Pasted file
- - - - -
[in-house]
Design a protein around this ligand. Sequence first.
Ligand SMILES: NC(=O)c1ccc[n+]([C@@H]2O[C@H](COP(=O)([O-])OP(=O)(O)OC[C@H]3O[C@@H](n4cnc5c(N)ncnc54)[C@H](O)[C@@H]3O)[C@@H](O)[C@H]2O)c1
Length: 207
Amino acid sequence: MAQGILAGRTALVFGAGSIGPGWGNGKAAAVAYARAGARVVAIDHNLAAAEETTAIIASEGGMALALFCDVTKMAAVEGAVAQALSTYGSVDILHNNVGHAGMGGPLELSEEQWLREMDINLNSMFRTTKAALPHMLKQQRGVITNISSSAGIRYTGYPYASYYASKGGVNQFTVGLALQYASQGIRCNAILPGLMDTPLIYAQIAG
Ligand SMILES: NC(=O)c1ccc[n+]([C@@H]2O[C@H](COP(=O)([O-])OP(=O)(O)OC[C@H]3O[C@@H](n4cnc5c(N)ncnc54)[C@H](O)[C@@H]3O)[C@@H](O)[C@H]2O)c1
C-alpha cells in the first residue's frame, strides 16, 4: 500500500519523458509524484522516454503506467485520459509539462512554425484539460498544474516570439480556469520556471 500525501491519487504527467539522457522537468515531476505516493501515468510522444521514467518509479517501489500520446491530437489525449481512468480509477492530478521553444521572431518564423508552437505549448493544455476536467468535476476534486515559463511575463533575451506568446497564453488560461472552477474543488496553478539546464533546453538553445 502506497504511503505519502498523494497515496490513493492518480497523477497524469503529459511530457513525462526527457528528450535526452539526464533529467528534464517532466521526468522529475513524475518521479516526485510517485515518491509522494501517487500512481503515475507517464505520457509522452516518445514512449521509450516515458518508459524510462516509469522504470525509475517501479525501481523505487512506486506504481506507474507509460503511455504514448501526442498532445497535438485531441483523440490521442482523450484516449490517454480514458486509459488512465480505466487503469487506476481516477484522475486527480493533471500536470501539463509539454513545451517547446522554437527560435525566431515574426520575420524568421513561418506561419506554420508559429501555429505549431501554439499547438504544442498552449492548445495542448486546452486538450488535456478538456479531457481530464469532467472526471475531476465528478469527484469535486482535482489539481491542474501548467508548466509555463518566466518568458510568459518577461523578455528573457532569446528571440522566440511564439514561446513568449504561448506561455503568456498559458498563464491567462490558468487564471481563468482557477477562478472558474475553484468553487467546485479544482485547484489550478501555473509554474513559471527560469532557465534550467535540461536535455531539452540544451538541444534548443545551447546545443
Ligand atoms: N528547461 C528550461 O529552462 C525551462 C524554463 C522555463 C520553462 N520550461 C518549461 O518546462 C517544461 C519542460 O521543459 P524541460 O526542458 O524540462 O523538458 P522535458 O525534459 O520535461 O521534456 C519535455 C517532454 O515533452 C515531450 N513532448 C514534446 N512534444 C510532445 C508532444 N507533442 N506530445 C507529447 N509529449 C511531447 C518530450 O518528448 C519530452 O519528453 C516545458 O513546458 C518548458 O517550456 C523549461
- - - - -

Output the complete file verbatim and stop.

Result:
[in-house]
Design a protein around this ligand. Sequence first.
Ligand SMILES: NC(=O)c1ccc[n+]([C@@H]2O[C@H](COP(=O)([O-])OP(=O)(O)OC[C@H]3O[C@@H](n4cnc5c(N)ncnc54)[C@H](O)[C@@H]3O)[C@@H](O)[C@H]2O)c1
Length: 207
Amino acid sequence: MAQGILAGRTALVFGAGSIGPGWGNGKAAAVAYARAGARVVAIDHNLAAAEETTAIIASEGGMALALFCDVTKMAAVEGAVAQALSTYGSVDILHNNVGHAGMGGPLELSEEQWLREMDINLNSMFRTTKAALPHMLKQQRGVITNISSSAGIRYTGYPYASYYASKGGVNQFTVGLALQYASQGIRCNAILPGLMDTPLIYAQIAG
Ligand SMILES: NC(=O)c1ccc[n+]([C@@H]2O[C@H](COP(=O)([O-])OP(=O)(O)OC[C@H]3O[C@@H](n4cnc5c(N)ncnc54)[C@H](O)[C@@H]3O)[C@@H](O)[C@H]2O)c1
C-alpha cells in the first residue's frame, strides 16, 4: 500500500519523458509524484522516454503506467485520459509539462512554425484539460498544474516570439480556469520556471 500525501491519487504527467539522457522537468515531476505516493501515468510522444521514467518509479517501489500520446491530437489525449481512468480509477492530478521553444521572431518564423508552437505549448493544455476536467468535476476534486515559463511575463533575451506568446497564453488560461472552477474543488496553478539546464533546453538553445 502506497504511503505519502498523494497515496490513493492518480497523477497524469503529459511530457513525462526527457528528450535526452539526464533529467528534464517532466521526468522529475513524475518521479516526485510517485515518491509522494501517487500512481503515475507517464505520457509522452516518445514512449521509450516515458518508459524510462516509469522504470525509475517501479525501481523505487512506486506504481506507474507509460503511455504514448501526442498532445497535438485531441483523440490521442482523450484516449490517454480514458486509459488512465480505466487503469487506476481516477484522475486527480493533471500536470501539463509539454513545451517547446522554437527560435525566431515574426520575420524568421513561418506561419506554420508559429501555429505549431501554439499547438504544442498552449492548445495542448486546452486538450488535456478538456479531457481530464469532467472526471475531476465528478469527484469535486482535482489539481491542474501548467508548466509555463518566466518568458510568459518577461523578455528573457532569446528571440522566440511564439514561446513568449504561448506561455503568456498559458498563464491567462490558468487564471481563468482557477477562478472558474475553484468553487467546485479544482485547484489550478501555473509554474513559471527560469532557465534550467535540461536535455531539452540544451538541444534548443545551447546545443
Ligand atoms: N528547461 C528550461 O529552462 C525551462 C524554463 C522555463 C520553462 N520550461 C518549461 O518546462 C517544461 C519542460 O521543459 P524541460 O526542458 O524540462 O523538458 P522535458 O525534459 O520535461 O521534456 C519535455 C517532454 O515533452 C515531450 N513532448 C514534446 N512534444 C510532445 C508532444 N507533442 N506530445 C507529447 N509529449 C511531447 C518530450 O518528448 C519530452 O519528453 C516545458 O513546458 C518548458 O517550456 C523549461